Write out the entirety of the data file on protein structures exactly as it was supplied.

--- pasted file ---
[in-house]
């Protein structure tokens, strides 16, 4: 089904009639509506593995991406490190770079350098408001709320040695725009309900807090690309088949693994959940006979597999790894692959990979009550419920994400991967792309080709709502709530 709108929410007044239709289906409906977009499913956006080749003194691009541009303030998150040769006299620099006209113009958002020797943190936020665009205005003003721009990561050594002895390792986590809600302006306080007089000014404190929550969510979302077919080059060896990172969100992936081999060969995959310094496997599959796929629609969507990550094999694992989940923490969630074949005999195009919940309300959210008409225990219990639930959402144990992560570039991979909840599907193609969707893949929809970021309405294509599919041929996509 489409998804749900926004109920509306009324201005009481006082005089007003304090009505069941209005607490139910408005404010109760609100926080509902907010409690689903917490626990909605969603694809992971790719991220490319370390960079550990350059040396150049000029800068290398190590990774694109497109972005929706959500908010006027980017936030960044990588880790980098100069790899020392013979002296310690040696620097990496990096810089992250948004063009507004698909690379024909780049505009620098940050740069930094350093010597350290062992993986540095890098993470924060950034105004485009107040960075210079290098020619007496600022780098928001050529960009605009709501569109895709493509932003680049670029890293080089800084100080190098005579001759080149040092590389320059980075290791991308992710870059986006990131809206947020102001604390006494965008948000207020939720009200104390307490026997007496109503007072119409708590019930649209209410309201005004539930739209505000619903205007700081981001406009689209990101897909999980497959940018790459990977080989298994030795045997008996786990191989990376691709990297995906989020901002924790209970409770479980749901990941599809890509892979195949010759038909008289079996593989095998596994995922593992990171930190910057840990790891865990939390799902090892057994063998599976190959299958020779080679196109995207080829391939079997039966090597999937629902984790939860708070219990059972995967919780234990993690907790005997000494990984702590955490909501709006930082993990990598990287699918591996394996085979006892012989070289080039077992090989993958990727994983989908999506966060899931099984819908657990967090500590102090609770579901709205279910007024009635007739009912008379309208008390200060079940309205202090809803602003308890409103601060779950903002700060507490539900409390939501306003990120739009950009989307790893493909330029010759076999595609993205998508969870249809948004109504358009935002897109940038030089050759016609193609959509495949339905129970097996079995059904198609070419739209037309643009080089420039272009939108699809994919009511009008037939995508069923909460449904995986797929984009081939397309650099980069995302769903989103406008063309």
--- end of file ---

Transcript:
[in-house]
């Protein structure tokens, strides 16, 4: 089904009639509506593995991406490190770079350098408001709320040695725009309900807090690309088949693994959940006979597999790894692959990979009550419920994400991967792309080709709502709530 709108929410007044239709289906409906977009499913956006080749003194691009541009303030998150040769006299620099006209113009958002020797943190936020665009205005003003721009990561050594002895390792986590809600302006306080007089000014404190929550969510979302077919080059060896990172969100992936081999060969995959310094496997599959796929629609969507990550094999694992989940923490969630074949005999195009919940309300959210008409225990219990639930959402144990992560570039991979909840599907193609969707893949929809970021309405294509599919041929996509 489409998804749900926004109920509306009324201005009481006082005089007003304090009505069941209005607490139910408005404010109760609100926080509902907010409690689903917490626990909605969603694809992971790719991220490319370390960079550990350059040396150049000029800068290398190590990774694109497109972005929706959500908010006027980017936030960044990588880790980098100069790899020392013979002296310690040696620097990496990096810089992250948004063009507004698909690379024909780049505009620098940050740069930094350093010597350290062992993986540095890098993470924060950034105004485009107040960075210079290098020619007496600022780098928001050529960009605009709501569109895709493509932003680049670029890293080089800084100080190098005579001759080149040092590389320059980075290791991308992710870059986006990131809206947020102001604390006494965008948000207020939720009200104390307490026997007496109503007072119409708590019930649209209410309201005004539930739209505000619903205007700081981001406009689209990101897909999980497959940018790459990977080989298994030795045997008996786990191989990376691709990297995906989020901002924790209970409770479980749901990941599809890509892979195949010759038909008289079996593989095998596994995922593992990171930190910057840990790891865990939390799902090892057994063998599976190959299958020779080679196109995207080829391939079997039966090597999937629902984790939860708070219990059972995967919780234990993690907790005997000494990984702590955490909501709006930082993990990598990287699918591996394996085979006892012989070289080039077992090989993958990727994983989908999506966060899931099984819908657990967090500590102090609770579901709205279910007024009635007739009912008379309208008390200060079940309205202090809803602003308890409103601060779950903002700060507490539900409390939501306003990120739009950009989307790893493909330029010759076999595609993205998508969870249809948004109504358009935002897109940038030089050759016609193609959509495949339905129970097996079995059904198609070419739209037309643009080089420039272009939108699809994919009511009008037939995508069923909460449904995986797929984009081939397309650099980069995302769903989103406008063309």